• The historic Copper Harbor Cemetery discloses the gravestones of some of the earliest settlers in the Copper Country, with the first recorded interment in 1853 and a number of other tombstones that predate the year 1900.[39][9]
  • Characterized as "the most beautiful road in Michigan,"[citation needed] Brockway Mountain Drive is a 8.9-mile (14.3 km) roadway that follows the spine of a 735-foot (224 m) ridge between the communities of Copper Harbor and Eagle Harbor, and it is the highest-paved road between the Rocky Mountains to the west and the Allegheny Mountains in the east. The notoriously picturesque[citation needed] road was constructed during the 1930s in the midst of the Great Depression by the Works Progress Administration. It offers views of Lake Superior, and the Keweenaw Peninsula, as well the archipelago of Isle Royale on an especially clear, transparent day. There is also a close on the drive called Brockway Mountain Lookout that offers a view of the community of Copper Harbor itself.[40][19][6][9][20][32]
  • In addition to the main 1849 Copper Harbor Lighthouse, the Copper Harbor Front Range and Rear Range Lights, both completed in 1869, remain and are locally considered to be iconic, as well as being the subject of memorabilia. The purpose of the Copper Harbor Range Lights was to do what the main lighthouse could not; it guided vessels and their sailors past the hazardous reefs on either side of the waterway.[41][22]


Historical population
U.S. Decennial Census[42]

According to the 2020 census, the CDP had a population of 136. According to the 2021 American Community Survey, its median household income was $54,583.[4]




  • US 41 travels through Copper Harbor and has its northernmost terminus just east of the community.
  • M-26 has its northernmost terminus at U.S. Route 41 within the western portion of the community.

Ferry services[edit]

Copper Harbor contains a ferry port that provides transportation to Isle Royale National Park. The Isle Royale Line, Inc. (formerly named Isle Royale Ferry Service) operates the Isle Royale Queen IV out of Copper Harbor during the warmer months from May to September. The ferry takes 3.5 hours to travel 60 miles (97 km) across Lake Superior to Rock Harbor.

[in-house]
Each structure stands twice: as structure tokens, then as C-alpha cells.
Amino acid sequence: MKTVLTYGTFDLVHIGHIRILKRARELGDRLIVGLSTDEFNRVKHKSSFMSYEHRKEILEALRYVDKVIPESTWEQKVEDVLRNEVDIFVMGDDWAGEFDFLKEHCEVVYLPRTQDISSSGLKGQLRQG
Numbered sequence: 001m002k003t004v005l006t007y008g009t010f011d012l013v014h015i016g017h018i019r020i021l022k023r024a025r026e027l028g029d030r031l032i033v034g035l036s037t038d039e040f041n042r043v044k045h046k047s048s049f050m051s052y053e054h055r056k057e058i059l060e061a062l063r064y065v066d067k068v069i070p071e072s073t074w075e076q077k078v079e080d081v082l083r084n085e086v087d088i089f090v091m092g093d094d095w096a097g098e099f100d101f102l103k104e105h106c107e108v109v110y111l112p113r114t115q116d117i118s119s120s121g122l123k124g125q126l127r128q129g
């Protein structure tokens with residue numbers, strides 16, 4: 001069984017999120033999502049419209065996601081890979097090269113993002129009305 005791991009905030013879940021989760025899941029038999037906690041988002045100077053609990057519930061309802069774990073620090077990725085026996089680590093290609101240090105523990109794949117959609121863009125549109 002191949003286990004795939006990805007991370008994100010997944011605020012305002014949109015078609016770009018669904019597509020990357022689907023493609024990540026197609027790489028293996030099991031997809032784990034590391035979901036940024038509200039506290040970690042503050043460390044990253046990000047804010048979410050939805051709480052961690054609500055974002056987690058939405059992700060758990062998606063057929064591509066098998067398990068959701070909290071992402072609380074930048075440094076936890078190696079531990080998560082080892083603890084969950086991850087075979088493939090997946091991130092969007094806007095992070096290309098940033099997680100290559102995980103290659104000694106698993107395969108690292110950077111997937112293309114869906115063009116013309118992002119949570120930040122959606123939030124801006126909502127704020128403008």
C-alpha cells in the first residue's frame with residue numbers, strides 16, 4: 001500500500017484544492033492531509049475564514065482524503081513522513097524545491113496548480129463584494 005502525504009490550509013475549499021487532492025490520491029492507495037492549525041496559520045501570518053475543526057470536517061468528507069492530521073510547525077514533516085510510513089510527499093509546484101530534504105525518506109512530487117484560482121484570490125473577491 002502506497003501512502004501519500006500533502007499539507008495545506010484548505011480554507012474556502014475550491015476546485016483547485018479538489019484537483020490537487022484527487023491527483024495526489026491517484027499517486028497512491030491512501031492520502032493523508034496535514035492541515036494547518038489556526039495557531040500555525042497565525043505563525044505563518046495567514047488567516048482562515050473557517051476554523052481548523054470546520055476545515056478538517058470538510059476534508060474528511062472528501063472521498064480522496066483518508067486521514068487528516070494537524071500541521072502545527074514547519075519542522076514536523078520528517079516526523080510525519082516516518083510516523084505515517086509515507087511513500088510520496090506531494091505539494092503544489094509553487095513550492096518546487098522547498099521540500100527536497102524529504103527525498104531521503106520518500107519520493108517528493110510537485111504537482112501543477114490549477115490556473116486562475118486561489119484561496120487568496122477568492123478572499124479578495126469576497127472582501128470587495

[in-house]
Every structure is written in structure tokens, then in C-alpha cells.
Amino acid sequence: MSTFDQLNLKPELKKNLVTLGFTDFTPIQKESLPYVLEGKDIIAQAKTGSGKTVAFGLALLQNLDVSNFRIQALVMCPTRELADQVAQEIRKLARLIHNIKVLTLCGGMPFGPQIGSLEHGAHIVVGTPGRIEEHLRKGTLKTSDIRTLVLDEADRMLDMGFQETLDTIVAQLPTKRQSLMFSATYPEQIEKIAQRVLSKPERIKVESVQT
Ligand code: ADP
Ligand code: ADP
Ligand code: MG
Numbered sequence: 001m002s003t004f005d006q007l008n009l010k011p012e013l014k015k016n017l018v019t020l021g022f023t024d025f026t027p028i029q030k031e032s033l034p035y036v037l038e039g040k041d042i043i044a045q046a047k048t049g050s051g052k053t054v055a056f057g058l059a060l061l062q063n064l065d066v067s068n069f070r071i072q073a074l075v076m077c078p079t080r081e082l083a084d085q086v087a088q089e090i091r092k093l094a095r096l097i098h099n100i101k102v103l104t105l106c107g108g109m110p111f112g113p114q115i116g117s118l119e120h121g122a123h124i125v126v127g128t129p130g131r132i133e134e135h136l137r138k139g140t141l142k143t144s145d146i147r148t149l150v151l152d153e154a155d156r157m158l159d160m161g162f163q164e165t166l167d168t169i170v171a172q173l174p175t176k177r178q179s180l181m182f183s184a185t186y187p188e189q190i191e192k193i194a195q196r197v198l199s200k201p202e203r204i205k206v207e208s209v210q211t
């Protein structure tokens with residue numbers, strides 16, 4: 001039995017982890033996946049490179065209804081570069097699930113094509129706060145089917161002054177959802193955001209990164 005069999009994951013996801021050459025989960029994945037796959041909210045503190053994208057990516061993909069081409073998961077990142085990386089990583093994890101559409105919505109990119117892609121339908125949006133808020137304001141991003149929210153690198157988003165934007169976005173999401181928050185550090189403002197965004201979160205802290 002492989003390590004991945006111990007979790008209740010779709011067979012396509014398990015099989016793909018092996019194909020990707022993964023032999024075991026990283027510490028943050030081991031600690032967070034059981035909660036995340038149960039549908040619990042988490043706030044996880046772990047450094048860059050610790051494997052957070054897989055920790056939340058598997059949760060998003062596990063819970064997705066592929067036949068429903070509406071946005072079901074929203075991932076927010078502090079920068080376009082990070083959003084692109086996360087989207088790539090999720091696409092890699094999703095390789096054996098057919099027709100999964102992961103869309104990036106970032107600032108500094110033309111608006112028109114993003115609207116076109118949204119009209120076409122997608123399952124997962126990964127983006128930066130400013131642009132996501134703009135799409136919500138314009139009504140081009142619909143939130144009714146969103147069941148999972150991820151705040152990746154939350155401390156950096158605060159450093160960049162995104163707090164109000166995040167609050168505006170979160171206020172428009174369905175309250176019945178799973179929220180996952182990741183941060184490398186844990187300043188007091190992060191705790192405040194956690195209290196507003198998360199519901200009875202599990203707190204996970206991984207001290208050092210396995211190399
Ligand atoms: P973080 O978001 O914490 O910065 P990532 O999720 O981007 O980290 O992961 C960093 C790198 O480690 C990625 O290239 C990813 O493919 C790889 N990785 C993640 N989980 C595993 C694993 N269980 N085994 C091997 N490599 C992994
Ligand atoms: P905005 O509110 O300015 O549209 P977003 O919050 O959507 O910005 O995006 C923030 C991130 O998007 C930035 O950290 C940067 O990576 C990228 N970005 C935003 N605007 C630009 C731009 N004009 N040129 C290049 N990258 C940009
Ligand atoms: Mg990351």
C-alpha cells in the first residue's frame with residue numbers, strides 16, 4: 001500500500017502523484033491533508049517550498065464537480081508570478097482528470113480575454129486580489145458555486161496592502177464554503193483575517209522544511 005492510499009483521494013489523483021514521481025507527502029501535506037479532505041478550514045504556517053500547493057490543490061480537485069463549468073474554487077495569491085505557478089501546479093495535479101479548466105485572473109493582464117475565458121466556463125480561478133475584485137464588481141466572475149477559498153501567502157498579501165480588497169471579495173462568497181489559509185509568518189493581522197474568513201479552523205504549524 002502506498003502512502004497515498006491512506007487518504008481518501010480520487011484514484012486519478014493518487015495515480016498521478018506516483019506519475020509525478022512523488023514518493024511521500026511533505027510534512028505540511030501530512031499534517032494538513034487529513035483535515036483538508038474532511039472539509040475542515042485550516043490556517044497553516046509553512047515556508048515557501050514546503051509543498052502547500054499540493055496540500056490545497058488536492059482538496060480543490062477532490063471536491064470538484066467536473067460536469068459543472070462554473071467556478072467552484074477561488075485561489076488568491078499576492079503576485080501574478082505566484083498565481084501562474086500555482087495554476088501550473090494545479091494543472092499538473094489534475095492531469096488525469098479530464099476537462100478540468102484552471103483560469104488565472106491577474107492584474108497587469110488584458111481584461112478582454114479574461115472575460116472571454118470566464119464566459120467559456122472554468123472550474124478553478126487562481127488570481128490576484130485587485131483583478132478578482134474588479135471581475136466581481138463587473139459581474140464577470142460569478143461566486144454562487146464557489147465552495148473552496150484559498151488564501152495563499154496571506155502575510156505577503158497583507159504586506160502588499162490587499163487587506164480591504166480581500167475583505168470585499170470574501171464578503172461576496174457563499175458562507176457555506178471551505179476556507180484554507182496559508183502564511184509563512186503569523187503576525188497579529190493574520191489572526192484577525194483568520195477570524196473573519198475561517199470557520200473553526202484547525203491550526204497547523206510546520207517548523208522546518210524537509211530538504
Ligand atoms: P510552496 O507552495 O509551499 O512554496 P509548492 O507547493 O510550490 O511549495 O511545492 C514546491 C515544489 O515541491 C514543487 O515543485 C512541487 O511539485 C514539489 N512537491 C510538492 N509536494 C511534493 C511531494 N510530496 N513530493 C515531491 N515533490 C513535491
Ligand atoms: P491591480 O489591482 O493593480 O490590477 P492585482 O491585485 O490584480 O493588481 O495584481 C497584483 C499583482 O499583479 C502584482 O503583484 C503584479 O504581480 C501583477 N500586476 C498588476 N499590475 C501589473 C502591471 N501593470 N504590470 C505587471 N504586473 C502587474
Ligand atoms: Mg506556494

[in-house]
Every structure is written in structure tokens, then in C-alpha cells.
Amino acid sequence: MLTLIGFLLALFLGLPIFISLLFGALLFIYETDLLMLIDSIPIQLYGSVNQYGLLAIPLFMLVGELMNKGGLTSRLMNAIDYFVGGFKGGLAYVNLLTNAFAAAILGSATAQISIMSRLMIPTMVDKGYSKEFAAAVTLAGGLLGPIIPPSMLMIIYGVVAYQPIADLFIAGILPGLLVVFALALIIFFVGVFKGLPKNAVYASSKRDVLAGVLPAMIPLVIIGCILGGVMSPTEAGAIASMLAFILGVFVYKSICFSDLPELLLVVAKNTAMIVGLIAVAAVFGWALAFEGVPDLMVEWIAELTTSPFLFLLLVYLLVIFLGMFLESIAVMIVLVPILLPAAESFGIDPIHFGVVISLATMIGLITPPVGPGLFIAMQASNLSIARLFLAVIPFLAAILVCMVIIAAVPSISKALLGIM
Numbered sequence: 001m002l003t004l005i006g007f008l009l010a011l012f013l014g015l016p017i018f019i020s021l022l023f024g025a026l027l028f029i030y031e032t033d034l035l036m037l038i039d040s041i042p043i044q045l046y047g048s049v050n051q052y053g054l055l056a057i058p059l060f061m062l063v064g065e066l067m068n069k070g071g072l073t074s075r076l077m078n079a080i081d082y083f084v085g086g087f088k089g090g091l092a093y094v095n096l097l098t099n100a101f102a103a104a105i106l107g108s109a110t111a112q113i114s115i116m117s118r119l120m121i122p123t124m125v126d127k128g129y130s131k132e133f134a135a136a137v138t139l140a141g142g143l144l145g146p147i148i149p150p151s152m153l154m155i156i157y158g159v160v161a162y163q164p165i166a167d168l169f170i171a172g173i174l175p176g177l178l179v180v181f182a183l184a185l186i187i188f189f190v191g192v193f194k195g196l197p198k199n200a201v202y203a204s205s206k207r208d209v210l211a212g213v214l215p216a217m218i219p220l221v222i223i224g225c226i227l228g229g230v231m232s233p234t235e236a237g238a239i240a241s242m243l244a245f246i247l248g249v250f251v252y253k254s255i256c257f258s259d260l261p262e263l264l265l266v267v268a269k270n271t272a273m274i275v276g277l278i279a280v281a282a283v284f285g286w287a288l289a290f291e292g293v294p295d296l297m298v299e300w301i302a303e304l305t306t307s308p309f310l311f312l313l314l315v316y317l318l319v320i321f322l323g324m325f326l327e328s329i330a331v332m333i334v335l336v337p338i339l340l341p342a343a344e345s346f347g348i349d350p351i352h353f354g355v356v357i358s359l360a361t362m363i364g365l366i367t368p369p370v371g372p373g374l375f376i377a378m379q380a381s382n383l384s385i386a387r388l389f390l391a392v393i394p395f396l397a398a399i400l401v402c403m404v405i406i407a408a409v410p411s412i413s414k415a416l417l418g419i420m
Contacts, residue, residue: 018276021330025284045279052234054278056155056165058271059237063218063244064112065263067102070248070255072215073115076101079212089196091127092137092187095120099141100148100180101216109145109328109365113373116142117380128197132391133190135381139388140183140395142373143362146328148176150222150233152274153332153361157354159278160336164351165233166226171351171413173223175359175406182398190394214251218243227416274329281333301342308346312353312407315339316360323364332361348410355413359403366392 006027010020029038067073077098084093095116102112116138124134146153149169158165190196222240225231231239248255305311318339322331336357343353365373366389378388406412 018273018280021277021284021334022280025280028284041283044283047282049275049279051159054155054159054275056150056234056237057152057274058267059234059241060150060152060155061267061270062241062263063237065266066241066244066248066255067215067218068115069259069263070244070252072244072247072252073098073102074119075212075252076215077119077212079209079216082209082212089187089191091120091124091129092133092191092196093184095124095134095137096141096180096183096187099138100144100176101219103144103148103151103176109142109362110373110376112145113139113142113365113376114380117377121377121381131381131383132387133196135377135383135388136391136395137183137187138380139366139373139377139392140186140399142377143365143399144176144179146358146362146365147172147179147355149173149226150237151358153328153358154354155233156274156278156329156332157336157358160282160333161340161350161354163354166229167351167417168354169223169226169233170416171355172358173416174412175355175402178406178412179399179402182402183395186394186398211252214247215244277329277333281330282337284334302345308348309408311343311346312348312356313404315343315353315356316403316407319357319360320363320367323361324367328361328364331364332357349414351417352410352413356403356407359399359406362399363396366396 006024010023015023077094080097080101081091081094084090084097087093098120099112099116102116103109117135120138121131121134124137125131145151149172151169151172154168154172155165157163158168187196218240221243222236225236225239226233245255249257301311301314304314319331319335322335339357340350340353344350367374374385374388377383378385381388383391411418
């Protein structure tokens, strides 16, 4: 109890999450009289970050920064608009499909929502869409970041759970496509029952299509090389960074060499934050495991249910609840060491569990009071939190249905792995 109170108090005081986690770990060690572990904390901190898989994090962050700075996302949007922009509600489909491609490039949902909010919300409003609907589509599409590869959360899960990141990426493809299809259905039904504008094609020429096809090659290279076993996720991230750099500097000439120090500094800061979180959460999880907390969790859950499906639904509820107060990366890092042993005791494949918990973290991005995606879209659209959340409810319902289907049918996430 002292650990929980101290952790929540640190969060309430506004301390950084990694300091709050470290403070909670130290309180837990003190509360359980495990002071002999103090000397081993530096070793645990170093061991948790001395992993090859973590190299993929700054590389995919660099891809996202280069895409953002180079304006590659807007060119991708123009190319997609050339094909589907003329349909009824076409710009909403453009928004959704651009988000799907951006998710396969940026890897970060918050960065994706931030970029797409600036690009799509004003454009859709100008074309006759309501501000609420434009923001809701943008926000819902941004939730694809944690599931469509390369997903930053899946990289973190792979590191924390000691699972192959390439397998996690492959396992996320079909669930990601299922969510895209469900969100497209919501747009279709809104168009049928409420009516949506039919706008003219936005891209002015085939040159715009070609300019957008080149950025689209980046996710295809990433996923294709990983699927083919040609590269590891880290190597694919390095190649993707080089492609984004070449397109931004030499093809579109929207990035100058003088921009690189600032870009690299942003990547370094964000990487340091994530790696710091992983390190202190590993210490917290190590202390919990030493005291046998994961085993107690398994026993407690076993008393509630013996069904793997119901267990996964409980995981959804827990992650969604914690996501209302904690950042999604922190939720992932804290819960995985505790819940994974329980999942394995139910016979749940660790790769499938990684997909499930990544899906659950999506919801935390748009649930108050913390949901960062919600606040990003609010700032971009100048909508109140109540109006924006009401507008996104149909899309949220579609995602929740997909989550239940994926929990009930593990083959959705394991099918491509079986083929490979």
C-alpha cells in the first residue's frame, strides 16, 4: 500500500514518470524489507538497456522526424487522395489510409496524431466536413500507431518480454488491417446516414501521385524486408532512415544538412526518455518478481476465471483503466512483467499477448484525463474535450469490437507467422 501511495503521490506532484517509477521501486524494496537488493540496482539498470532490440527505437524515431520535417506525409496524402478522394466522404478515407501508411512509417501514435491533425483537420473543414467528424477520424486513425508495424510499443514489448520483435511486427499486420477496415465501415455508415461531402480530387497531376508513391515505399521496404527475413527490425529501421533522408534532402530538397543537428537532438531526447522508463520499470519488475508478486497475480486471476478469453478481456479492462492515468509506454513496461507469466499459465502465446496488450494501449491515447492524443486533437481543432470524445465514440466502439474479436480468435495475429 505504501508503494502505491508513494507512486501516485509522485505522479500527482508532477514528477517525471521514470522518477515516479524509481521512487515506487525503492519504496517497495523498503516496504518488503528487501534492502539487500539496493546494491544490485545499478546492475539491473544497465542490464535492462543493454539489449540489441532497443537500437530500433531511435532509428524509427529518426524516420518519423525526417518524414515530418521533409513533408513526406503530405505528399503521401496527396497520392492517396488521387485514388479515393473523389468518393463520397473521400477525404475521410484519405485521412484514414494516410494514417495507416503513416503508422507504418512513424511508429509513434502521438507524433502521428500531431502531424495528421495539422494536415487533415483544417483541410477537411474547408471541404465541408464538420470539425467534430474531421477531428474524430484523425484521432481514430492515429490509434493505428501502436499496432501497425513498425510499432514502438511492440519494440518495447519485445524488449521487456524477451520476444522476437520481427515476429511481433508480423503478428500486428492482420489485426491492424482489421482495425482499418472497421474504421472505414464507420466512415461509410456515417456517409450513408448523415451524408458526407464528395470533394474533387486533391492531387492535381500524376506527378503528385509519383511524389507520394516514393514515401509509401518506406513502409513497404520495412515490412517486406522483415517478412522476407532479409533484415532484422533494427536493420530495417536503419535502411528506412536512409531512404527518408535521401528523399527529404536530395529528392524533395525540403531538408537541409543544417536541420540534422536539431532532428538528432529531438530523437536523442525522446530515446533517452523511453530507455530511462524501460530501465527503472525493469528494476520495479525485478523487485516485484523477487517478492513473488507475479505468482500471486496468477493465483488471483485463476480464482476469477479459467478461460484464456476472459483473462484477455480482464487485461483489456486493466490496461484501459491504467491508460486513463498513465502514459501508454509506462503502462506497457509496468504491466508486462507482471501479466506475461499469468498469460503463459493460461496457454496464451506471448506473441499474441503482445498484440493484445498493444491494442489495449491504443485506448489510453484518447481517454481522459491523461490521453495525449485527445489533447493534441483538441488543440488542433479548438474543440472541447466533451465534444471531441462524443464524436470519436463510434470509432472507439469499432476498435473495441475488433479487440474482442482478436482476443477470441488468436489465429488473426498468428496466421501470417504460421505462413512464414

See also[edit]


  1. ^ "2020 U.S. Gazetteer Files". United States Census Bureau. Retrieved May 21, 2022.
  2. ^ "U.S. Census website". United States Census Bureau. Retrieved January 31, 2008.
  3. ^ U.S. Geological Survey Geographic Names Information System: Copper Harbor, Michigan
  4. ^ a b "Explore Census Data". Retrieved August 3, 2023.
  5. ^ Michigan Economic Development Corporation (2021). "Keweenaw Convention & Visitors Bureau: Copper Harbor". Retrieved August 4, 2021.
  6. ^ a b c d e f g h i j k l Monette, Clarence J. (1975). Some Copper Country Names And Places. Lake Linden, Michigan. ISBN 0-942363-04-3.{{cite book}}: CS1 maint: location missing publisher (link)
  7. ^ Lankton, Larry (2010). Hollowed Ground. Wayne State University Press. pp. 13–14. ISBN 9780814334904.
  8. ^ Magnaghi, Russell M. (2009). Native Americans of Michigan's Upper Peninsula: A Chronology to 1900 (2nd ed.). Marquette, Michigan: Center for Upper Peninsula Studies. ISBN 978-0-557-33460-5.
  9. ^ a b c d e f g h i Molloy, Lawrence J. (2011). A Guide to Michigan's Historic Keweenaw Copper District: Photographs, Maps, and Tours of the Keweenaw—Past and Present. Great Lakes GeoScience. ISBN 978-0-9791772-1-7.
  10. ^ a b Dunbar, Willis Frederick; May, George S. (1995). Michigan: A History of the Wolverine State. Grand Rapids: Wm. B. Eerdmans Publishing. p. 358.
  11. ^ a b Whittlesey, Charles (1852). 4000 Years of Copper Country History. Greenlee Printing.
  12. ^ "Copper Mining History and Copper Harbor Michigan". Retrieved May 15, 2019.
  13. ^ Mansfield, John Brandt (1899). History of the Great Lakes. J. H. Beers & Co. p. 199.